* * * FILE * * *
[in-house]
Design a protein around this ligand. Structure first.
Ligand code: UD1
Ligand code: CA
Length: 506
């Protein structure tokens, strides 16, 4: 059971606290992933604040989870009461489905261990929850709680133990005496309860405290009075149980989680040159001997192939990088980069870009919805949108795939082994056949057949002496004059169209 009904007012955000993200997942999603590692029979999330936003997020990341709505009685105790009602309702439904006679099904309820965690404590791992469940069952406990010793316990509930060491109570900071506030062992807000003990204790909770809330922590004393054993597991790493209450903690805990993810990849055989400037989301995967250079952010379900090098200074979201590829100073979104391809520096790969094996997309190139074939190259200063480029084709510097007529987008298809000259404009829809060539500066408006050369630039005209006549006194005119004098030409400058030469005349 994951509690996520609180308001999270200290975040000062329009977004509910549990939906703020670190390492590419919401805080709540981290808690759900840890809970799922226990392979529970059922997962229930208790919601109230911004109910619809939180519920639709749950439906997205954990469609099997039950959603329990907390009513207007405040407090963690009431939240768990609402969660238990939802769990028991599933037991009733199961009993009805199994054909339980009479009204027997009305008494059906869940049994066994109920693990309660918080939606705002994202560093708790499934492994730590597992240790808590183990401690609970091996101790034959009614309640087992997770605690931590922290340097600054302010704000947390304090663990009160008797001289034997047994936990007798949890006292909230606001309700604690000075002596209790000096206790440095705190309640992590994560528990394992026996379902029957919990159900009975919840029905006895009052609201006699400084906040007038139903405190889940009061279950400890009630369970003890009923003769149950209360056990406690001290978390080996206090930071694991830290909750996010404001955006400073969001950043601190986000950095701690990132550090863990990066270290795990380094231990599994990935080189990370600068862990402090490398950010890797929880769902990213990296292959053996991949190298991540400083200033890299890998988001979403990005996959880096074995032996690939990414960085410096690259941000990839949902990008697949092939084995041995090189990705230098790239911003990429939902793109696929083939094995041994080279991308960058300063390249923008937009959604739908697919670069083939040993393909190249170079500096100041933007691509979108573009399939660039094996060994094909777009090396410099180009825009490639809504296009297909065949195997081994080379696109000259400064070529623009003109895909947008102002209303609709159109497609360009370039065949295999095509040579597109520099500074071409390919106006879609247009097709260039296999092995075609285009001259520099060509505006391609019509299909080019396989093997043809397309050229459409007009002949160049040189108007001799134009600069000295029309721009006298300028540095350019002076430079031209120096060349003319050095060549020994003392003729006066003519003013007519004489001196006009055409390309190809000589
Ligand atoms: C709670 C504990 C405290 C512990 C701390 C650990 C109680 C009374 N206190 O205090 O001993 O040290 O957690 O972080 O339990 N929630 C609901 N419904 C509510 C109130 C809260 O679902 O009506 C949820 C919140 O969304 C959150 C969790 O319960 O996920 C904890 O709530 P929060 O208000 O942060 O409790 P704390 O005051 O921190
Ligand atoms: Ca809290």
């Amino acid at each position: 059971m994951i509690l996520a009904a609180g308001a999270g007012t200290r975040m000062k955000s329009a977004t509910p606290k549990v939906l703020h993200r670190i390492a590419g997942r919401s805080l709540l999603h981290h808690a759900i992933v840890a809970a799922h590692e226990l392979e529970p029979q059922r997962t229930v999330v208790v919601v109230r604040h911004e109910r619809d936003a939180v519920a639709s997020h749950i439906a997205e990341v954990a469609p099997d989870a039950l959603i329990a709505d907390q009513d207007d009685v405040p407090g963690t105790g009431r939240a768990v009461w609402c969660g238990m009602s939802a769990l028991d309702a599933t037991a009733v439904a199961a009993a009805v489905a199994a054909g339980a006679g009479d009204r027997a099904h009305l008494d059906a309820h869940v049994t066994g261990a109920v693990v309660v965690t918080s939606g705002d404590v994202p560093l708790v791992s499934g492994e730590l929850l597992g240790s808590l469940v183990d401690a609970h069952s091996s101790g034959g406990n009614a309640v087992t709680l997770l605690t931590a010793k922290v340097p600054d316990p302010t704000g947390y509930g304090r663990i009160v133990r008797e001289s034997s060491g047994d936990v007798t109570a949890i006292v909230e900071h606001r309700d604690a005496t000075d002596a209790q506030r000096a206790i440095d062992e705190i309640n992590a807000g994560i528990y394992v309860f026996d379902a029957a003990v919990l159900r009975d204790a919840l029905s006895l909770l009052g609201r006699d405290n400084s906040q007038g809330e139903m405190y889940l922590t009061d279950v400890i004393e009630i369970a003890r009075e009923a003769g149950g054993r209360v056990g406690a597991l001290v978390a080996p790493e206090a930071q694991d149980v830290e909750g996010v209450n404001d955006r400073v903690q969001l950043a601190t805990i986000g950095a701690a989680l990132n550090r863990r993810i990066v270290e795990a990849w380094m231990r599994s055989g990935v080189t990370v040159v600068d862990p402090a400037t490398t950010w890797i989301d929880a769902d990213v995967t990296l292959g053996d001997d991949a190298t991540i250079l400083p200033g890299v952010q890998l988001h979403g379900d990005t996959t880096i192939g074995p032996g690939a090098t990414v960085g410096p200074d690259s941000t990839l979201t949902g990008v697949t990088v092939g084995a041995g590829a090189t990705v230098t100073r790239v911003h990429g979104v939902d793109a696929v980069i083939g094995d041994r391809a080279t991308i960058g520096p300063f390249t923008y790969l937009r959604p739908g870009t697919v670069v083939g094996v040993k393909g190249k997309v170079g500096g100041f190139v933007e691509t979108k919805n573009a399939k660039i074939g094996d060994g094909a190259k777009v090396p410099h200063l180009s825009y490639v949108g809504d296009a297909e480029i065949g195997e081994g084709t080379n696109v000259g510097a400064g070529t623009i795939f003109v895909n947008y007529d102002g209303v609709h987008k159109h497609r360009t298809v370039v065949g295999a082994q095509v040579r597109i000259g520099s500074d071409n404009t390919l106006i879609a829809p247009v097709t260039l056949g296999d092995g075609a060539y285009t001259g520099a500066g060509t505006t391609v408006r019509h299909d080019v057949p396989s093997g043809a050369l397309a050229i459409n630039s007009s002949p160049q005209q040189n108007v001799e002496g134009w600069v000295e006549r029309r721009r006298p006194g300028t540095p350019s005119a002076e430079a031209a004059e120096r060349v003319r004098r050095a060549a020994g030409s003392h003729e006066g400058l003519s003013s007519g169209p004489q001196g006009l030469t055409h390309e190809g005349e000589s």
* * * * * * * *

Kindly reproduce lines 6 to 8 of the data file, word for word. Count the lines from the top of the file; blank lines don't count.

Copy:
């Protein structure tokens, strides 16, 4: 059971606290992933604040989870009461489905261990929850709680133990005496309860405290009075149980989680040159001997192939990088980069870009919805949108795939082994056949057949002496004059169209 009904007012955000993200997942999603590692029979999330936003997020990341709505009685105790009602309702439904006679099904309820965690404590791992469940069952406990010793316990509930060491109570900071506030062992807000003990204790909770809330922590004393054993597991790493209450903690805990993810990849055989400037989301995967250079952010379900090098200074979201590829100073979104391809520096790969094996997309190139074939190259200063480029084709510097007529987008298809000259404009829809060539500066408006050369630039005209006549006194005119004098030409400058030469005349 994951509690996520609180308001999270200290975040000062329009977004509910549990939906703020670190390492590419919401805080709540981290808690759900840890809970799922226990392979529970059922997962229930208790919601109230911004109910619809939180519920639709749950439906997205954990469609099997039950959603329990907390009513207007405040407090963690009431939240768990609402969660238990939802769990028991599933037991009733199961009993009805199994054909339980009479009204027997009305008494059906869940049994066994109920693990309660918080939606705002994202560093708790499934492994730590597992240790808590183990401690609970091996101790034959009614309640087992997770605690931590922290340097600054302010704000947390304090663990009160008797001289034997047994936990007798949890006292909230606001309700604690000075002596209790000096206790440095705190309640992590994560528990394992026996379902029957919990159900009975919840029905006895009052609201006699400084906040007038139903405190889940009061279950400890009630369970003890009923003769149950209360056990406690001290978390080996206090930071694991830290909750996010404001955006400073969001950043601190986000950095701690990132550090863990990066270290795990380094231990599994990935080189990370600068862990402090490398950010890797929880769902990213990296292959053996991949190298991540400083200033890299890998988001979403990005996959880096074995032996690939990414960085410096690259941000990839949902990008697949092939084995041995090189990705230098790239911003990429939902793109696929083939094995041994080279991308960058300063390249923008937009959604739908697919670069083939040993393909190249170079500096100041933007691509979108573009399939660039094996060994094909777009090396410099180009825009490639809504296009297909065949195997081994080379696109000259400064070529623009003109895909947008102002209303609709159109497609360009370039065949295999095509040579597109520099500074071409390919106006879609247009097709260039296999092995075609285009001259520099060509505006391609019509299909080019396989093997043809397309050229459409007009002949160049040189108007001799134009600069000295029309721009006298300028540095350019002076430079031209120096060349003319050095060549020994003392003729006066003519003013007519004489001196006009055409390309190809000589
Ligand atoms: C709670 C504990 C405290 C512990 C701390 C650990 C109680 C009374 N206190 O205090 O001993 O040290 O957690 O972080 O339990 N929630 C609901 N419904 C509510 C109130 C809260 O679902 O009506 C949820 C919140 O969304 C959150 C969790 O319960 O996920 C904890 O709530 P929060 O208000 O942060 O409790 P704390 O005051 O921190
Ligand atoms: Ca809290």